her milk translucent teeth and

turned them blue and feral in her mouth

when she threw back her head to laugh.

Howard Johnson

here is when I knew it would all end up fine-

Three people are in this bed and

three more across the room all in the blue

light wash of late night infomercials.

A lottery ticket is stuck, alternately

to the bicep of my companion

or to my breast, sharp with promise.

And in the earliness, room still asleep

I tuck it under the bedside lamp and leave,


jimmy jazz

this used to be the patio of a bar.

too young, i drank whiskey shots, warm beer.

it smelled like summer in the city, so garbage in the alley, inexplicably, pancakes, cigarette smoke.

ivy ate up the wall and it was close to claustrophobic crowded so

your sweaty skin would stick to your neighbors like a leather couch in the summer.

the reverberating three chord punk felt like the next mornings hangover.

here or there

As soon as I am here or there
I’d like to be gone again,
the warm blanket corner of my couch, with the good view
or the cafe down the road or the orchard.

None are immune
until only the place and time inbetween is desirable.

Four thousand kilometers from one place called home
I drive for four days straight to get there
wanting salt shaker clatter and turkey steam, red paper napkins
and the sugar bush shining in her fall red and orange
but a thousand kilometers out I weep in exhaustion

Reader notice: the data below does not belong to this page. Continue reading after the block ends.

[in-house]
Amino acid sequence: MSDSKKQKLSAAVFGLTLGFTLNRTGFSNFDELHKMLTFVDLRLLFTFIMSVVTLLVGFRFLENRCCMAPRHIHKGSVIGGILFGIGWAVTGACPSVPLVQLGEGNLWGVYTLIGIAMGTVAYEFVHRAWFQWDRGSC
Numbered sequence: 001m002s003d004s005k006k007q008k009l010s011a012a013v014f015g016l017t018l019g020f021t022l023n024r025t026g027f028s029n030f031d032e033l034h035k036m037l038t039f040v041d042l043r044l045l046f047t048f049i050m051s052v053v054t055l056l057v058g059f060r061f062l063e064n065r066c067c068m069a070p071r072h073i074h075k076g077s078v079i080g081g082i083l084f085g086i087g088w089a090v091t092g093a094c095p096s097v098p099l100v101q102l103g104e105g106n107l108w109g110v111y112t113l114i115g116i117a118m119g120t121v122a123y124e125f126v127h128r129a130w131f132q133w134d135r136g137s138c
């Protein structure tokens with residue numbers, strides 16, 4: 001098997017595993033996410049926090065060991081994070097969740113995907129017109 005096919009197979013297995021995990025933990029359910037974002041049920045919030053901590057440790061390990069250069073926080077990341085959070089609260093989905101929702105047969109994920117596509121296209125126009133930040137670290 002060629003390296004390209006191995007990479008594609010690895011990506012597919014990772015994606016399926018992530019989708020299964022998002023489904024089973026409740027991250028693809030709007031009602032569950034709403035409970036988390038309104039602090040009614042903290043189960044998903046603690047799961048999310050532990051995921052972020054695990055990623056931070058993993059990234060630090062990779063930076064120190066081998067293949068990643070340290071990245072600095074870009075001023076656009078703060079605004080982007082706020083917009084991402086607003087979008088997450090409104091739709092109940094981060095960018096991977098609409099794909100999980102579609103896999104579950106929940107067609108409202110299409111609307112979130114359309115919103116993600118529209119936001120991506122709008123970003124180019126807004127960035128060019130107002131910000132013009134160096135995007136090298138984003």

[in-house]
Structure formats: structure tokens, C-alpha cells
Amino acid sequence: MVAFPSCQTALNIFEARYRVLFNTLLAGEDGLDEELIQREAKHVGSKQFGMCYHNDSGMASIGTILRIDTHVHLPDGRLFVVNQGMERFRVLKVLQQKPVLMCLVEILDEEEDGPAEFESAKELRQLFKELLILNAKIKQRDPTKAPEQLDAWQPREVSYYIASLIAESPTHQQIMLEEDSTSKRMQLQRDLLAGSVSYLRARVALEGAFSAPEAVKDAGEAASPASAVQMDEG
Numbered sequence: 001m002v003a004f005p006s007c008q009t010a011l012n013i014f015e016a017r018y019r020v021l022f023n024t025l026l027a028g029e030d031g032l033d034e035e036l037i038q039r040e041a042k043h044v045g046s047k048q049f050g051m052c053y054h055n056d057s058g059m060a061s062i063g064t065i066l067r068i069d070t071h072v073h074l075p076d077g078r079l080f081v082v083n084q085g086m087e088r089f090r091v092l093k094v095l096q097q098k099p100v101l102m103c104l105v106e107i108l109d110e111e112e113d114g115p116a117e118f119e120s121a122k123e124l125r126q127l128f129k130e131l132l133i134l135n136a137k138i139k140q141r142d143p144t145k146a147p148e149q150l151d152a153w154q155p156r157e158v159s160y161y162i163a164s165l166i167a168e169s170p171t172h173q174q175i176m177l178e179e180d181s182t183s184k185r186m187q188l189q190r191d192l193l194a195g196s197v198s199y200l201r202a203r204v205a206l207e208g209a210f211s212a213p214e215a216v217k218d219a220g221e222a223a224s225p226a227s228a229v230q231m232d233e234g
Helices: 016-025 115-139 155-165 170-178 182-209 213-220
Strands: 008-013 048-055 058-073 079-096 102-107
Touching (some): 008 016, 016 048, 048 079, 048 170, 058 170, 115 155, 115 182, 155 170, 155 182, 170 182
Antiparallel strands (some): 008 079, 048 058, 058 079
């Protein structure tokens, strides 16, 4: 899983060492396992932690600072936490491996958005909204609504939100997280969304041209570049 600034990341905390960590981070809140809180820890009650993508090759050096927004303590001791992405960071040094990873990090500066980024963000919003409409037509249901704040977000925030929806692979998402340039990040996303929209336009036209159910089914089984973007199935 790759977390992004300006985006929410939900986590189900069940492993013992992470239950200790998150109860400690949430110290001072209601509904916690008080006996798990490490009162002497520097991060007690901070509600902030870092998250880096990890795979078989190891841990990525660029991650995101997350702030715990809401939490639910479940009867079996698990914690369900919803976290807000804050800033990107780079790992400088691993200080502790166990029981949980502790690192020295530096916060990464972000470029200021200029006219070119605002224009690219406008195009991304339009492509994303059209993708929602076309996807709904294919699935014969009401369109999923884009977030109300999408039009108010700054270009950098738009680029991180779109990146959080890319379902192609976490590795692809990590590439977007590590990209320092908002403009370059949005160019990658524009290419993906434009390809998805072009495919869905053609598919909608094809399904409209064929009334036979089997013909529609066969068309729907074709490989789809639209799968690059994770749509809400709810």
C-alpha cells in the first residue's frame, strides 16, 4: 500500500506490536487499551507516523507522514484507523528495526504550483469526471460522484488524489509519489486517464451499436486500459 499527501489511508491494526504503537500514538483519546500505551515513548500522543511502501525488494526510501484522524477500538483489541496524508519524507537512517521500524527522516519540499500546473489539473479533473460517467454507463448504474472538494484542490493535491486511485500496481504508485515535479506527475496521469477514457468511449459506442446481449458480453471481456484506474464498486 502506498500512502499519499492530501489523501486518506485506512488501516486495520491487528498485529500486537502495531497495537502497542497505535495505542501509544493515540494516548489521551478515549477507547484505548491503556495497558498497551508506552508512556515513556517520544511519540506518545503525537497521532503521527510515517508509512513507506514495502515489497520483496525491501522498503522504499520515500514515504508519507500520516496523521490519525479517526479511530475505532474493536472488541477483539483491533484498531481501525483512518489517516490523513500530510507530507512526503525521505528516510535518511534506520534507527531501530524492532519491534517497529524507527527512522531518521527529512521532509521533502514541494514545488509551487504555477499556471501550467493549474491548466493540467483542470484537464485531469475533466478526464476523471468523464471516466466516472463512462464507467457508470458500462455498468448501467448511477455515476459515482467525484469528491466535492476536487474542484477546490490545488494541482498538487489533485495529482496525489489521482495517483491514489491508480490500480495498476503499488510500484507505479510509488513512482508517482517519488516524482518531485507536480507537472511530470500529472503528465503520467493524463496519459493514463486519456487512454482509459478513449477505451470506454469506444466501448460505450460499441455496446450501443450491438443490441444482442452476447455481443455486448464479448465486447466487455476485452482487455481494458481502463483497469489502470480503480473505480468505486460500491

on the side of the road, the lead heaviness of my eyelids

My passive copilot, the carsick hound
attends to his own problems and is indifferent.

Falling to my knees after crossing the swing bridge boundary line
I could lie on the ground, press my forehead against it
or my lips, feel its power
coming up through my feet and infiltrating my being
and already, I’m ready to turn and drive
back, the road an invitation
to a party I’d be hard pressed to miss.

A Common Motif

Every greeting must eventually
end in a farewell- this is the nature
of these things.

You rushed in like a train full
of passengers vivid with their memories
scrambling to disembark the noise
of you was terrifically quiet
the silent resounding of twenty four years
that echoed and jockeyed for sense.

Trains- once, half asleep, I recall
racing my blue cruiser as fast as
my hot and aching legs would pedal, gasping
at the fall air while a locomotive
raced parallel to me through the sleeping
streets of the ward.

At the river the train trestle goes on where
the road peters out, their convergence
having run its course and bleating a farewell
the train carries on, inexorably forward
while I lie, panting in the gravel
trying to recover my breath.

Coffee money

'sorry' my stupid mouth

blurts its not even

my voice its arrogant and

scared and the coins in my pocket

jingle, warm & merry there

in my denial.

Cry for the dogs left out

on the coldest nights

and walk by even as I say

“sorry, sorry”

I hate this city



Some people may never know

what we have taken for granted;

The chill tightness of a tart grape that


as we close our eyes against

its flavor.


I've come looking for the living